Carving Out Safety in Geek Spaces

The most intimate geek spaces can also house the most unspoken conflict.

So conventions are coming back and places are opening up again. Cosplay is ramping up, I’m restocking art prints, and everyone is looking forward to seeing their old friends and making new ones.

Unfortunately, this also means more potential for creepy social interactions. I’ve had some strange experiences in geek culture as part of various fandoms. Most are super positive! But there are definitely toxic people and situations that, looking back, I should have seen red flags for. So I’ve been researching why I didn’t notice those red flags, and what I can do to keep my current social spaces safe and inclusive.

Here are the fruits of my research. Hopefully this helps inform yourself and/or others about serious issues in geek groups, how to recognize them, why we often overlook them, and why calling them out in solidarity is important.

First up is a primer on social fallacies common among geek social spaces that contribute to repeated stress and frustration with inevitable breakdowns of social groups. Having been in fandoms online and in person for over 20 years now, I can guarantee that this is so applicable. I found myself cringing, remembering embarrassing moments when I encountered so many of these assumptions and just accepted it as the norm in a fan group.

“It is my opinion that many of these never-ending crises are sparked off by an assortment of pernicious social fallacies — ideas about human interaction which spur their holders to do terrible and stupid things to themselves and to each other.”


Building on this is the concept of The Missing Stair, a term you’ll find yourself using frequently once you get used to the idea.

Basically the larger the group, the more likely it contains a person who makes people uncomfortable, whether through sexual harassment, racism, or any other means. Groups of people who’ve been marginalized often pride themselves on inclusivity, and therein lies the conflict: individuals often feel that to confront the person is to become the marginalizer, to cause unnecessary tension. And so there begins a whisper campaign. We all know about this missing stair, but we don’t fix it. We know to jump over it.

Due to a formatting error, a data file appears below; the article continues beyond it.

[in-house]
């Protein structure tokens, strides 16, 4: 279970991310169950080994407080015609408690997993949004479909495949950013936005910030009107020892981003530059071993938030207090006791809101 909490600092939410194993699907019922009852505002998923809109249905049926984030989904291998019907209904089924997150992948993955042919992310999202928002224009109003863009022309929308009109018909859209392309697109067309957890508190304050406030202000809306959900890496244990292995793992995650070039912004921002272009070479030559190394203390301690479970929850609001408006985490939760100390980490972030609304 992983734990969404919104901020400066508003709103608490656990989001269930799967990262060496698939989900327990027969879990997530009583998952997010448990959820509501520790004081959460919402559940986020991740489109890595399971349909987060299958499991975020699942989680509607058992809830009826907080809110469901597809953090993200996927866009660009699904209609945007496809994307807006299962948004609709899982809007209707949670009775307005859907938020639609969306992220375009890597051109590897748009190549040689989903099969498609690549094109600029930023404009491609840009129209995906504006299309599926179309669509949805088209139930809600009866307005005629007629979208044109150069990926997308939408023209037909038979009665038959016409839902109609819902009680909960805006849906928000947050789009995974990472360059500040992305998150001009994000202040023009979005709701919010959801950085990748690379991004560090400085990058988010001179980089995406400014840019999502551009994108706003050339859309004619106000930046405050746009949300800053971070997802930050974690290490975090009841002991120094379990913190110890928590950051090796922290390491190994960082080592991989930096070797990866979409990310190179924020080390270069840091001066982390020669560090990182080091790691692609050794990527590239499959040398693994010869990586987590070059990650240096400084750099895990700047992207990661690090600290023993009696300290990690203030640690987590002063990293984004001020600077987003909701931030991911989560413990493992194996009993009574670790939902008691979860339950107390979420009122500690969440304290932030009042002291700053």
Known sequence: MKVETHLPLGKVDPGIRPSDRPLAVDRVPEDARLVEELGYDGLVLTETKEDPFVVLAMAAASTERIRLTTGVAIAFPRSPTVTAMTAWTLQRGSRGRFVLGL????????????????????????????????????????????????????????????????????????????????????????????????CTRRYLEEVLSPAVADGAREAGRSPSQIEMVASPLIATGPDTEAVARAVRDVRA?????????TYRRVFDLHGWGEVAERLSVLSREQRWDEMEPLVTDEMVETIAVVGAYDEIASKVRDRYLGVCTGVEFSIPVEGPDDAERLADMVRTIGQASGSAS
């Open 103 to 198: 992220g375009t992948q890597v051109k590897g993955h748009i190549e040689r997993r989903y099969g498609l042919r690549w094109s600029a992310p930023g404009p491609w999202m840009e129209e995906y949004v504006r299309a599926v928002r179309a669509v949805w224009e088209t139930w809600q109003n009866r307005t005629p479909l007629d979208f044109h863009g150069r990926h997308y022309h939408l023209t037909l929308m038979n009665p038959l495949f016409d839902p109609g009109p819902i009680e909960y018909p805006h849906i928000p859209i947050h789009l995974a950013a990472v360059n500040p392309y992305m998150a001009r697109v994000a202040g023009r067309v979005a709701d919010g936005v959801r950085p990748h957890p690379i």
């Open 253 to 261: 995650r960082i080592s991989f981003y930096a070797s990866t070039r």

“People had gotten so used to working around this guy, to accommodating his ‘special requirements,’ that they didn’t feel like there was an urgent problem in their community.”

The Pervocracy

But what if the group is cool with a missing stair? Maybe the stair isn’t that bad? Well, that may be driving people away too. Emma Hart builds on The Missing Stair concept by zeroing in on sexual harassment. This helps make clear how predatory people thrive in communities where the myth of the rapist as other (“that doesn’t happen in my friend, family, friend group, etc.”) is perpetuated by excusing the creeper’s behavior.

“If someone is making a bunch of your female friends deeply uncomfortable, that’s already a problem.”


Fan groups are made up of passionate people, but there are frequently a few people in any group who join for less savory reasons. Maybe they’re in a D&D group to hit on nerdy women. Maybe they like cosplay because they can get away with inappropriate behavior as long as it’s “in character.” As hard as it is, it’s important to maintain transparency in geek spaces so as to maintain a safe, supportive, and fun experience for everyone, not just the least marginalized members.

Enjoy the conventions this summer, everyone! Be safe, watch out for each other, and wash your hands.


Benedictova, Nika. Dice photo. Unsplash. 3 March 2021.

Hart, Emma. “The Missing Stair Part Two: The Creeper and the Excuser.” Public Address. 2 Sept. 2013.

Suileabhain-Wilson, Michael. “Five Geek Social Fallacies.” Plausibly Deniable . 2 Dec. 2003.

The Pervocracy. “The Missing Stair.” 22 June 2012.

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